vec![Strings] seems to produce slices, not Vec of strings

I am trying to create a vector of strings using vec!, but it appears vec! converts it into a slice.
This is the code

impl ShowErr {
    pub fn new<T> (args: &mut T) -> Result<ShowErr, String>
    where
        T: Iterator<Item = String>,
(some code deleted)

    fn empty_args() {
        let mut args: Vec<String> = vec![String::from("arg1"); 1];
	assert_eq!(Err(String::from("Not enough arguments")),
	    ShowErr::new(&mut args.iter_mut()));
    }

And I get the error

error[E0271]: type mismatch resolving `<std::slice::IterMut<'_, String> as Iterator>::Item == String`
  --> src/lib.rs:31:6
   |
9  |     pub fn new<T> (args: &mut T) -> Result<ShowErr, String>
   |            --- required by a bound in this
10 |     where
11 |         T: Iterator<Item = String>,
   |                     ------------- required by this bound in `ShowErr::new`
...
31 |         ShowErr::new(&mut args.iter_mut()));
   |         ^^^^^^^^^^^^ expected struct `String`, found `&mut _`
   |
   = note:         expected struct `String`
           found mutable reference `&mut String`

Since args is a Vec of Strings, I'd expect to be able to produce an iterator from it that would return String, but that does not seem to be what is going on here

strings.iter_mut() is an iterator of &mut String.

strings.into_iter() is an iterator of String.

5 Likes

Thanks. This did solve that problem. I have another one, but that will be a different post assuming I get stuck again.
I will say the error message could be clearer, which is a general comment. I have seen rustc emit errors with suggestions that just lead to a different error. But it is hard to make the error messages clear to humans when they are based on the state of a parser.

I understand your pain dealing with that much more “discretion” on the part of the compiler. From prior experience I wish there was a place I could go to find the most likely reason and solution to avoiding a given error surely “I wasn’t the only one who is having this problem”.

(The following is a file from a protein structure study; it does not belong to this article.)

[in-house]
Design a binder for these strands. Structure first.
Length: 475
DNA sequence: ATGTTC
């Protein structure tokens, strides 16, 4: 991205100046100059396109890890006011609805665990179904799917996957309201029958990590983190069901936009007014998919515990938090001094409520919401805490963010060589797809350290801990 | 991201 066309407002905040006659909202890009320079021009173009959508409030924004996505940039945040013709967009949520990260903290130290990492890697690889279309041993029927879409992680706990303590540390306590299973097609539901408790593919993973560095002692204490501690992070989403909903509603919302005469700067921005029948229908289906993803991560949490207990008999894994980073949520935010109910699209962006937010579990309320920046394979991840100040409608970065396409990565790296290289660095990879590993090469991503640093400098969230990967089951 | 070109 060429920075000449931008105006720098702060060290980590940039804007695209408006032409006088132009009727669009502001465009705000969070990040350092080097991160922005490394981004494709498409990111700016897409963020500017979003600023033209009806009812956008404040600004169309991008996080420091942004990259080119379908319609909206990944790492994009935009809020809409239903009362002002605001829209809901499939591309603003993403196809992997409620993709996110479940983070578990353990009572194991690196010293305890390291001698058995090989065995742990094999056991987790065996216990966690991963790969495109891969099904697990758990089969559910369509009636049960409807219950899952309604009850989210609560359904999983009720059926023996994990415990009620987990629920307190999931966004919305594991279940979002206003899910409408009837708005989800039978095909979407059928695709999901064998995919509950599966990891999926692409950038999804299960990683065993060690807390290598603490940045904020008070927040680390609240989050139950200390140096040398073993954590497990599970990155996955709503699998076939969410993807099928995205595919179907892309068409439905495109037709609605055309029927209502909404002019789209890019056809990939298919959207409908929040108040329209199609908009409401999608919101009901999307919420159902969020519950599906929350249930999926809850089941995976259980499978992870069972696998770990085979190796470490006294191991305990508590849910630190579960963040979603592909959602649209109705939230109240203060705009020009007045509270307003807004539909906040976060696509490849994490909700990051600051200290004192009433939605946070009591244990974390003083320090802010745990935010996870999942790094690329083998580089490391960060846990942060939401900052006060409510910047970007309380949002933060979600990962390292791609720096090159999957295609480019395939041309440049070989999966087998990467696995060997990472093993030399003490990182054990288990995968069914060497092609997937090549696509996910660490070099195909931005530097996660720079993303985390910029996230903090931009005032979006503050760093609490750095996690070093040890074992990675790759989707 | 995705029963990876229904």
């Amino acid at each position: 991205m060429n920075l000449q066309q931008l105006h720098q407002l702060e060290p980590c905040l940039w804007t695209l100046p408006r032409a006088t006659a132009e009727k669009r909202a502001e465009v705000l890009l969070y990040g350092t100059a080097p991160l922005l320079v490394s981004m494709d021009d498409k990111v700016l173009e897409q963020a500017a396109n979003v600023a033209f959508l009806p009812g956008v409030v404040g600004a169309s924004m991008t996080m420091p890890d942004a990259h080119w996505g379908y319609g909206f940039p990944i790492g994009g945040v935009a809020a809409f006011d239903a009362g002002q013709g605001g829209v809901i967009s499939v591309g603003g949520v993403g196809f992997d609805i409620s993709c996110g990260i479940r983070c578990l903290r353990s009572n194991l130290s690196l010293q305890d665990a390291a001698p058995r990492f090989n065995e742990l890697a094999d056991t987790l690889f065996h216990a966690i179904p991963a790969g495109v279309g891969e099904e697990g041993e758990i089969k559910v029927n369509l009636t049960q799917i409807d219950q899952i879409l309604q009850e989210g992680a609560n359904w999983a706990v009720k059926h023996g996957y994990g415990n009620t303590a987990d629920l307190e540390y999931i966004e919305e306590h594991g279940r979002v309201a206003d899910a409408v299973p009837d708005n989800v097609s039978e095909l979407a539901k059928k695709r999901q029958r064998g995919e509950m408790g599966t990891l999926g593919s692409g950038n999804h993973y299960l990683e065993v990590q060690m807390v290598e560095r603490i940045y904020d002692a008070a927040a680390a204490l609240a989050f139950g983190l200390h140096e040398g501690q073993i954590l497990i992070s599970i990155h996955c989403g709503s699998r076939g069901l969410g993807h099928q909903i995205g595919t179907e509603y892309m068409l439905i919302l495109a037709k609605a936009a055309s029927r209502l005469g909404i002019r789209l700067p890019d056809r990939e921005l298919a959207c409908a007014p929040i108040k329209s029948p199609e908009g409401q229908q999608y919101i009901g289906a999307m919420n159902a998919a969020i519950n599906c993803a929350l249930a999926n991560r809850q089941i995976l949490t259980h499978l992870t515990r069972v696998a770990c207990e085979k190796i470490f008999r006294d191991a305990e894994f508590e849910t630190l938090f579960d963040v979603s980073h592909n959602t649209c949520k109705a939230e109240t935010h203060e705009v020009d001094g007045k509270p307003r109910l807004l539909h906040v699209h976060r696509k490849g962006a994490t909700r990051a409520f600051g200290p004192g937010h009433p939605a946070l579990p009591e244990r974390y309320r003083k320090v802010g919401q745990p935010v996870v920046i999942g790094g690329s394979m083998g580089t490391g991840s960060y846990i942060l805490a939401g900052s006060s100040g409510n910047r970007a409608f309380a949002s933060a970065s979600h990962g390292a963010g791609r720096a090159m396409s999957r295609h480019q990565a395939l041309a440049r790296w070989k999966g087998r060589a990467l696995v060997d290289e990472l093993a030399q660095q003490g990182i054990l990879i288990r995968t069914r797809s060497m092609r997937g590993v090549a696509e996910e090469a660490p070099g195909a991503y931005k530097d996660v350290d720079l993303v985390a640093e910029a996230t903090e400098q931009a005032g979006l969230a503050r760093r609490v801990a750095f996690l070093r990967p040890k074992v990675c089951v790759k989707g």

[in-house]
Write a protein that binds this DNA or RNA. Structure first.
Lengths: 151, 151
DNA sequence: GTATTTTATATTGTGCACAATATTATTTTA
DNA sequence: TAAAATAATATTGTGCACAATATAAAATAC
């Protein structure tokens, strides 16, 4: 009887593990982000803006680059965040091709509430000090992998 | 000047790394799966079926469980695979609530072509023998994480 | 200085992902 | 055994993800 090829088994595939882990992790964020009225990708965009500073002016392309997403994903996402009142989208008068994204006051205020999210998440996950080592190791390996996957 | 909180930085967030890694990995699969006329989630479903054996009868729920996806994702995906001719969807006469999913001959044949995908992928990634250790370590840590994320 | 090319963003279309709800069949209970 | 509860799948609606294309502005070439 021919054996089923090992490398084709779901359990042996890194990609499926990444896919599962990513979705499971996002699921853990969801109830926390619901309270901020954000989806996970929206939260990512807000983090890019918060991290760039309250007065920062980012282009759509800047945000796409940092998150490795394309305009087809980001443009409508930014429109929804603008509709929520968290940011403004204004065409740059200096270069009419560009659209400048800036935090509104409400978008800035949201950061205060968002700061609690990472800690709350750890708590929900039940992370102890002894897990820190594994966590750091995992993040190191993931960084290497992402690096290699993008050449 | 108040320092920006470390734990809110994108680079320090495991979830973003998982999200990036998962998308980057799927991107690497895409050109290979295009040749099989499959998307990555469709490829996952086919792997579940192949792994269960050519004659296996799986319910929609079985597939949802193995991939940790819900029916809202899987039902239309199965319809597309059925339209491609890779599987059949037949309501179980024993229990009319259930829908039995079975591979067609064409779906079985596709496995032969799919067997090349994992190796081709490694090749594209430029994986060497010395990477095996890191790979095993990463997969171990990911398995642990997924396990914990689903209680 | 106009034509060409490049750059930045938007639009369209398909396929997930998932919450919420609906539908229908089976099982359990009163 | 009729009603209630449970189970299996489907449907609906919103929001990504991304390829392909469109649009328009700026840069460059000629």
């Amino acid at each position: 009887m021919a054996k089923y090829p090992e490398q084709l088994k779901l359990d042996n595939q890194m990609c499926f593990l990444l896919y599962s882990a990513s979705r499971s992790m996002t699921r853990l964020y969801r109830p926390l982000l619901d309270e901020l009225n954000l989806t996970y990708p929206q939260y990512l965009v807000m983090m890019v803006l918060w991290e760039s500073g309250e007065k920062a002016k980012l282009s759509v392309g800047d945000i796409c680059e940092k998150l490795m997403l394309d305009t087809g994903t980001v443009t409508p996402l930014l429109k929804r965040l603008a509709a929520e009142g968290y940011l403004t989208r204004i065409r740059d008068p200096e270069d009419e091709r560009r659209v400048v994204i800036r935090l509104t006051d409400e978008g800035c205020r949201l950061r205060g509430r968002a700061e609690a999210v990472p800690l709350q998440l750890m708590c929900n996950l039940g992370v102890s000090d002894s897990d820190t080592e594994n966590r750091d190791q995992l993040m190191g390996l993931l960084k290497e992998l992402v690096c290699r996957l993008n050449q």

Rust has just that resource. When presented with an error code look it up in the docs. It often includes a lucid description of the cause, and exampleS of how to fix it.

Check it out here

:))

Usually, this means rhat there were multiple problems in the original code and the problem that produced the first error blocked the compiler from noticing the second. It sometimes takes several rounds with the compiler, but fixing each error as it’s presented has always gotten me to working code in the end.

1 Like

I have checked the --explain option, but often find my problem is more complex and the example is simple, so that the problem is clear.
I am currently working on one where I use a peekable iterator and I have yet to find why it considers a match statement to be borrowing it, so I can't use .next() on it. I have an idea, but haven't had the time to figure out that one. If I can't, it will be my next question.
Obviously the example is straightforward and does not involve iterators, but then, the error needs to be clear for the explanation to be useful.

Yes, and sometimes the real error is not on the line that the compiler indicates, but at least it points out another line (like a function definition) that is incompatible with the error line, and that other line is where the error really is. The error output is long, but useful.

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